Reporting on the Mexican Cartel Drug War

Mayor Among Over a Dozen Killed in Mexico

Friday, February 26, 2010 |

El Mezquital, Durango - The mayor of a city in Durango state was among more than a dozen people murdered in Mexico in the past two days, officials said.

Manuel Estrada Escalante, mayor of the city of El Mezquital, was gunned down at a restaurant on Monday night.

The 34-year-old Estrada Escalante, a member of the Institutional Revolutionary Party, was buried on Tuesday.

At least six gunmen attacked the mayor and lawmaker Mariano Soto, who is listed in serious condition at a hospital, Mexican media reported.

Ramon Mendivil Sotelo, mayor of the city of Guadalupe y Calvo, was murdered last Thursday, Chihuahua state officials said.

A group of around 20 gunmen, meanwhile, killed 13 people, including five police officers, in a community in the southern state of Oaxaca, a municipal official said.

The gunmen went into two houses in the community of Vicente Camalote and killed eight people, including some children, Acatlan de Perez Figueroa Mayor Nicolas Villalva Arguello said.

The five police officers died when they went to help the victims and were met by gunfire, Villalva said.

The community of Vicente Camalote is in the Papaloapan Basin region, on the border with Veracruz state.

The Maciel and Hernandez families, who own the houses attacked by the gunmen, are well known in the region’s business community.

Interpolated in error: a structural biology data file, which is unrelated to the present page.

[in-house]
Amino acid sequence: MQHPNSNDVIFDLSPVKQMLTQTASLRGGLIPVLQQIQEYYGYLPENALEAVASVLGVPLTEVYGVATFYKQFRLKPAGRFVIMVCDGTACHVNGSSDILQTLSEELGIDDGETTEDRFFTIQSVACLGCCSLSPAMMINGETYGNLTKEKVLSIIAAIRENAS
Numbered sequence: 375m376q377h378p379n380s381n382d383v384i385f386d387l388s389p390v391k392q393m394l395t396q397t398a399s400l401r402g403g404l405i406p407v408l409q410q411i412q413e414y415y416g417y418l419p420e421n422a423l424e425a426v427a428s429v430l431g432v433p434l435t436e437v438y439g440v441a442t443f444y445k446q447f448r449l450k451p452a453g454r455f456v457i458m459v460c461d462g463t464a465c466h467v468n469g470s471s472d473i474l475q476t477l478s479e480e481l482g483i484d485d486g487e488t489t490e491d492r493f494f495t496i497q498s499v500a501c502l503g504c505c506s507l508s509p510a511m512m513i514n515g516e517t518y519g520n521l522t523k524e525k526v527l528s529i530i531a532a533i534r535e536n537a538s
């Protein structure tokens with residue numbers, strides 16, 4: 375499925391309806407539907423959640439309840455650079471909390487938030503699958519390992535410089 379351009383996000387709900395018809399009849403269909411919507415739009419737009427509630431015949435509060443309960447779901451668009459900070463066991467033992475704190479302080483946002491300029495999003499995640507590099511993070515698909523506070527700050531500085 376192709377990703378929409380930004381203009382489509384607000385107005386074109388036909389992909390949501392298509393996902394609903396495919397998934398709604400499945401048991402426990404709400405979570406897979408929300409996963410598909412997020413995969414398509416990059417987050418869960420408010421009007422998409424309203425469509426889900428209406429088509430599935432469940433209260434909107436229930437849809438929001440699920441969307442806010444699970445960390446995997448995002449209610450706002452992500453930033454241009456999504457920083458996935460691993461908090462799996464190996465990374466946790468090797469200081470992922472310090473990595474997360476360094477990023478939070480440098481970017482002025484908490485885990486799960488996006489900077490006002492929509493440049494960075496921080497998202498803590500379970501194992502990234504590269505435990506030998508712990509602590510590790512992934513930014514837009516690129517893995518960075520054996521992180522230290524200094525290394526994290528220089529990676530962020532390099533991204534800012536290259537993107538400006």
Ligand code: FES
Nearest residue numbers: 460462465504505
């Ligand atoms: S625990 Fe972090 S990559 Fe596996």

Initial reports said the gunmen fled in seven Hummers.

The bodies of four men killed execution-style were found Tuesday in Tampico, a port city in the northeastern state of Tamaulipas, police said.

A message was left on the bodies, but police did not reveal its content.

The bodies were found inside a house in the Infonavit Cañada neighborhood, which was cordoned off by army troops and police, prosecutor Norberto Montes said.

The bodies were taken to the coroner’s office, which will perform the autopsies, Montes said.

Officials in Tamaulipas have called for calm in the wake of rumors about shootouts that prompted parents to keep their children out of school.

The mayor of the border city of Nuevo Laredo, Ramon Garza Barrios, asked citizens Tuesday to stay calm amid rumors of acts of violence and curfews.

“I want to tell the people to be calm, that many rumors like this one have come out about crime in our city. We are in contact with federal authorities, with the army, with the state Attorney General’s Office, with all the police agencies, and we have not confirmed anything,” the mayor said.

Classes were suspended Tuesday for all grades in Nuevo Laredo due to rumors about shootouts.

The rumors also spread to other cities in the northern part of Tamaulipas, which borders Texas.

The Gulf cartel, one of Mexico’s most powerful criminal organizations, operates in Tamaulipas.

Mexico’s drug cartels have been battling for control of the smuggling routes into the United States.

Mexico has been plagued in recent years by drug-related violence blamed on powerful cartels.

Last year, according to the El Universal newspaper, was the deadliest in Mexico in the past decade, with 7,724 people killed in violent incidents attributed to organized crime groups.

So far this year, drug-related violence has claimed the lives of more than 1,400 people, the daily says. EFE

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